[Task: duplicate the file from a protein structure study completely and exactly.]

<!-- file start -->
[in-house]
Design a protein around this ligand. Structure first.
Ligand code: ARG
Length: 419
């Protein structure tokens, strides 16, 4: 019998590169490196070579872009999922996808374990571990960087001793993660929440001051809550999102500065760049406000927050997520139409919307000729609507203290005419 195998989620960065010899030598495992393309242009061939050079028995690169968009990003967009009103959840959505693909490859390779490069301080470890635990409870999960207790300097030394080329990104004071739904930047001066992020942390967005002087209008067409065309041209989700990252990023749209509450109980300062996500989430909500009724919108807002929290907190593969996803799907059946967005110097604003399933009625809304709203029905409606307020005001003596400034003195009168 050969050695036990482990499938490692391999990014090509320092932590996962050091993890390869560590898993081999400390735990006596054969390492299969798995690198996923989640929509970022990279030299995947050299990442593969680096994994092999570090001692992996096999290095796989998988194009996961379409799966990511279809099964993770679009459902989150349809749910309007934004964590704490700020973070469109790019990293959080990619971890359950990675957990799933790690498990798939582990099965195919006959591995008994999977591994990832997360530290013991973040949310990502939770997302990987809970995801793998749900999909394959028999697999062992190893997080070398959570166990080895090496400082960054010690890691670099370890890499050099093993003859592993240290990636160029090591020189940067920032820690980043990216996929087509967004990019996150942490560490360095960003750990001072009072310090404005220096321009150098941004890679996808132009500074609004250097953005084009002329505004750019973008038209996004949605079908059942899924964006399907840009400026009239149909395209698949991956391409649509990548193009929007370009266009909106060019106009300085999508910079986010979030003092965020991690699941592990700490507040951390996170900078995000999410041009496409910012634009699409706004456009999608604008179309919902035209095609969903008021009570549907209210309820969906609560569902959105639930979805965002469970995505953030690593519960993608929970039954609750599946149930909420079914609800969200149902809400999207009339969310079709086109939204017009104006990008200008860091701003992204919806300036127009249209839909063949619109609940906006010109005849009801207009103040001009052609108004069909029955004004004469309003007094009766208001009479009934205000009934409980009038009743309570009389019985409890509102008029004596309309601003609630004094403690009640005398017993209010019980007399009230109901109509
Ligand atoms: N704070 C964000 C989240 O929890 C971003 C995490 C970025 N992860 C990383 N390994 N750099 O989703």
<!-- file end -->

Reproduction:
[in-house]
Design a protein around this ligand. Structure first.
Ligand code: ARG
Length: 419
């Protein structure tokens, strides 16, 4: 019998590169490196070579872009999922996808374990571990960087001793993660929440001051809550999102500065760049406000927050997520139409919307000729609507203290005419 195998989620960065010899030598495992393309242009061939050079028995690169968009990003967009009103959840959505693909490859390779490069301080470890635990409870999960207790300097030394080329990104004071739904930047001066992020942390967005002087209008067409065309041209989700990252990023749209509450109980300062996500989430909500009724919108807002929290907190593969996803799907059946967005110097604003399933009625809304709203029905409606307020005001003596400034003195009168 050969050695036990482990499938490692391999990014090509320092932590996962050091993890390869560590898993081999400390735990006596054969390492299969798995690198996923989640929509970022990279030299995947050299990442593969680096994994092999570090001692992996096999290095796989998988194009996961379409799966990511279809099964993770679009459902989150349809749910309007934004964590704490700020973070469109790019990293959080990619971890359950990675957990799933790690498990798939582990099965195919006959591995008994999977591994990832997360530290013991973040949310990502939770997302990987809970995801793998749900999909394959028999697999062992190893997080070398959570166990080895090496400082960054010690890691670099370890890499050099093993003859592993240290990636160029090591020189940067920032820690980043990216996929087509967004990019996150942490560490360095960003750990001072009072310090404005220096321009150098941004890679996808132009500074609004250097953005084009002329505004750019973008038209996004949605079908059942899924964006399907840009400026009239149909395209698949991956391409649509990548193009929007370009266009909106060019106009300085999508910079986010979030003092965020991690699941592990700490507040951390996170900078995000999410041009496409910012634009699409706004456009999608604008179309919902035209095609969903008021009570549907209210309820969906609560569902959105639930979805965002469970995505953030690593519960993608929970039954609750599946149930909420079914609800969200149902809400999207009339969310079709086109939204017009104006990008200008860091701003992204919806300036127009249209839909063949619109609940906006010109005849009801207009103040001009052609108004069909029955004004004469309003007094009766208001009479009934205000009934409980009038009743309570009389019985409890509102008029004596309309601003609630004094403690009640005398017993209010019980007399009230109901109509
Ligand atoms: N704070 C964000 C989240 O929890 C971003 C995490 C970025 N992860 C990383 N390994 N750099 O989703």